Gene Kessler, 67, may be the new face of mortgage default. The tech industry retiree is in the process of walking away from the home he purchased for $166,000 in 2004 in a small town 75 miles southwest of Minneapolis.
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Its value has plummeted to $111,000, wiping out Kessler's $45,000 down payment and leaving him with a mortgage that's more than the home is worth. He stopped paying the loan six months ago, and estimates he'll have to vacate by March 2012.
But Kessler isn't in financial trouble, and he could afford the monthly payments. He has no other debts and two pensions from former employers, as well as Social Security. He also has a woodworking hobby, and runs a small business selling the artisan lamps he makes in galleries. He's single now, and his two children are grown and gone.
"I was looking for a way to get back to a larger city, and this was the only way I could get out of this house," says Kessler, who paid $800 to YouWalkAway.com to help guide him through the process known as strategic default. He's anticipating a move to a warmer climate and a more active art and dating scene in Santa Fe, N.M.
First notices of default jumped 33% in August, a nine-month high and the biggest month-over-month increase since August 2007, according to figures by RealtyTrac released Wednesday.
"There are 3 million to 4 million seriously delinquent mortgages that under normal circumstances would be in foreclosure but have been kept out by procedural delays and paperwork problems," says Rick Sharga, RealtyTrac senior vice president. The recent spike in foreclosure starts suggests lenders are "hitting the restart button" on cases that were delayed by documentation problems such as robo-signing, he explains.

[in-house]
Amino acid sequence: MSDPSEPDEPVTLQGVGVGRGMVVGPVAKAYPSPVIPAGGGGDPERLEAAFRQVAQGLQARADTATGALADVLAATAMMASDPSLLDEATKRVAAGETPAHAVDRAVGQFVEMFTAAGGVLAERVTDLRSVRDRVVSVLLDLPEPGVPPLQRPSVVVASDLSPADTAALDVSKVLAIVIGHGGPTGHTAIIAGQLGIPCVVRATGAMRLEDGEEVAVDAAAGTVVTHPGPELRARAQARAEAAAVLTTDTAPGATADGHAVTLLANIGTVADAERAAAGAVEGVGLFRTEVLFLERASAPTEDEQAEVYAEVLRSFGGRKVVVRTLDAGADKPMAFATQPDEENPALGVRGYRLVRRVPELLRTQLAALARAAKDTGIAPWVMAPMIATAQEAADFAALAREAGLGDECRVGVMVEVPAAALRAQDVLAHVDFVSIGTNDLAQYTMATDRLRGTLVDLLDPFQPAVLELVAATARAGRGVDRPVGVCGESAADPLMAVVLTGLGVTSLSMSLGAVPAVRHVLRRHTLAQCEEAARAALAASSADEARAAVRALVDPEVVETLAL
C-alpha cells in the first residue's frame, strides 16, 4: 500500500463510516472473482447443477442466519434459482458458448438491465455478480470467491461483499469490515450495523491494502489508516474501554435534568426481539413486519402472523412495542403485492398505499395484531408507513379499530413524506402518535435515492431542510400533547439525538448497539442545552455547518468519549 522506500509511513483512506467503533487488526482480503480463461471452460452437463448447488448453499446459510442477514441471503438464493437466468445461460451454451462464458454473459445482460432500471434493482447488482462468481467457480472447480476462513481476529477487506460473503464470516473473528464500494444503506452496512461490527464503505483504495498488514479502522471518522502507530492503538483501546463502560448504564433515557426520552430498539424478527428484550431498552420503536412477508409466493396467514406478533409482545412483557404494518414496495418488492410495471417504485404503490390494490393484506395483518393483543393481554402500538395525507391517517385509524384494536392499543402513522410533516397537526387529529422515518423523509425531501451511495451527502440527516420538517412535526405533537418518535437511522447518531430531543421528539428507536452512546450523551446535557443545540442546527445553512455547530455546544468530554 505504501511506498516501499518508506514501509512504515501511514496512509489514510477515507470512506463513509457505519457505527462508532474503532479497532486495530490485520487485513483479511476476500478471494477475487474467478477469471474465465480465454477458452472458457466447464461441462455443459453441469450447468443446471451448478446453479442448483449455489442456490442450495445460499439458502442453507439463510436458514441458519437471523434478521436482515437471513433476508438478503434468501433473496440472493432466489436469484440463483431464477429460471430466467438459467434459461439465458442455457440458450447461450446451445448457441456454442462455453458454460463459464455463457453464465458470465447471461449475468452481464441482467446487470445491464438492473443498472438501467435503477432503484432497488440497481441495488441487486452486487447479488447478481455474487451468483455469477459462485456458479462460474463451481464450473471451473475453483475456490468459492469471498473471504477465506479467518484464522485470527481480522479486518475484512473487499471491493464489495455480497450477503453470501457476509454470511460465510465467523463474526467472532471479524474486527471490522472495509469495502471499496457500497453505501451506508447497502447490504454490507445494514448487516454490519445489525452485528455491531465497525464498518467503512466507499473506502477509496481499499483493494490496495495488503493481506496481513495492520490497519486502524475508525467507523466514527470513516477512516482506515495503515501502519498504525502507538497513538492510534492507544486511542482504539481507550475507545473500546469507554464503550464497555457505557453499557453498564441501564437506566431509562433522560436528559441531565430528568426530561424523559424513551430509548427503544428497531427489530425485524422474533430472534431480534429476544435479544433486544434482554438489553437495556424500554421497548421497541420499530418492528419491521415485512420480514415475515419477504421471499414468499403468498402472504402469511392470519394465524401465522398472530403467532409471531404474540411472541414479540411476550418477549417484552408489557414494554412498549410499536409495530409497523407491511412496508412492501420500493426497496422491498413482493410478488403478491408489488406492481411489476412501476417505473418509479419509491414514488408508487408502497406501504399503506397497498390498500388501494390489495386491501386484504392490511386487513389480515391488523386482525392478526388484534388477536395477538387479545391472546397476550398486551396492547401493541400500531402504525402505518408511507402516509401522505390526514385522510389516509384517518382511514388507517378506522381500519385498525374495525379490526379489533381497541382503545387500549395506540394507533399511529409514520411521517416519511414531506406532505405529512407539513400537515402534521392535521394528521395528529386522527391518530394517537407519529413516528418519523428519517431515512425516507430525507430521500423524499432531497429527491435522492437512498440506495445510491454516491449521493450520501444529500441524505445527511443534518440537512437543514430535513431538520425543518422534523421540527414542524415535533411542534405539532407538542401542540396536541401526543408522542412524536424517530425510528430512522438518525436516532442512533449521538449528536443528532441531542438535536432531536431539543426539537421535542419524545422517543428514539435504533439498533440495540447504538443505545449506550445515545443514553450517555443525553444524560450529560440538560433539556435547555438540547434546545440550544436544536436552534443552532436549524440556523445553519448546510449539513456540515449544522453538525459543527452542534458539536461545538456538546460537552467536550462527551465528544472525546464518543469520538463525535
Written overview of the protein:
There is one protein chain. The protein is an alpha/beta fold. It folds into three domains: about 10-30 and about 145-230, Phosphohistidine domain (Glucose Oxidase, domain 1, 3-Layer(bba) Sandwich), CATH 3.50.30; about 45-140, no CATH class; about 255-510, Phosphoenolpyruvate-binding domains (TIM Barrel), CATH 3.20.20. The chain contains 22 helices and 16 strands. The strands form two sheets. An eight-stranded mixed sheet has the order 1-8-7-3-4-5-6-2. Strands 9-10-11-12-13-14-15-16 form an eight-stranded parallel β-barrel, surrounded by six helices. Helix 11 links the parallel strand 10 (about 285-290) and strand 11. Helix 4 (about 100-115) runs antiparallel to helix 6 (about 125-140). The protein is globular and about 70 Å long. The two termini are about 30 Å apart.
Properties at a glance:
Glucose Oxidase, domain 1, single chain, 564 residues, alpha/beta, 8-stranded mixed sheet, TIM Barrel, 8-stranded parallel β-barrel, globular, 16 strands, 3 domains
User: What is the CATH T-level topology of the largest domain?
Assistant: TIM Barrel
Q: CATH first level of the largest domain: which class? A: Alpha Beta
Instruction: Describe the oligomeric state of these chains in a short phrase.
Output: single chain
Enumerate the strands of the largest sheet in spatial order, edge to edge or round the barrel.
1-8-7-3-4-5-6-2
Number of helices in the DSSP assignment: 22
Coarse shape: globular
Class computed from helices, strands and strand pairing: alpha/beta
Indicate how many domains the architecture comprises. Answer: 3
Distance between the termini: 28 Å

There's no data on the demographics or financial histories of the people receiving recent default notices. But among them are some homeowners who have never defaulted on a loan before, at least according to one poll. YouWalkAway.com surveyed several hundred of its clients earlier this year, and just 23% said they had previously shirked a financial obligation.
"The people we are now seeing are nearing retirement age, who never missed a payment on anything in their lives," says Jon Maddux, co-founder and CEO of the Carlsbad, Calif., firm. "They are trapped. They can't sell or get a modification and they need to downsize or move for a job."
Attitudes toward default have also shifted, Maddux says. "Back in 2008 people were very emotional, very scared, in disbelief or denial," he says. "Now they are simply fed up. It's a very calculated, black-and-white business decision. People feel very relieved."
A more widespread understanding of the consequences of default may be a factor, says Brent White, a University of Arizona law professor and author of Underwater Home.
"The conventional wisdom is you are ruined and are not going to recover," says White, who wrote a widely circulated discussion paper on the topic. But in so-called "non-recourse" states such as California, the bank can only foreclose on the property and resell it. If the price is less than the amount owed on the mortgage, the lender can't sue the homeowner to recoup the shortfall, says White. Even in recourse states, the bank is unlikely to go after the homeowner following foreclosure, he argues.
"The vast majority of those who default end up doing a short sale and that discharges the deficiency," he says. "If they are pursued, they can negotiate to pay less than the full amount. A savvy person who retains an attorney or other knowledgeable person to walk them through the process will likely get through default without having to pay a deficiency judgment. Most people will have a good credit score again within a couple years."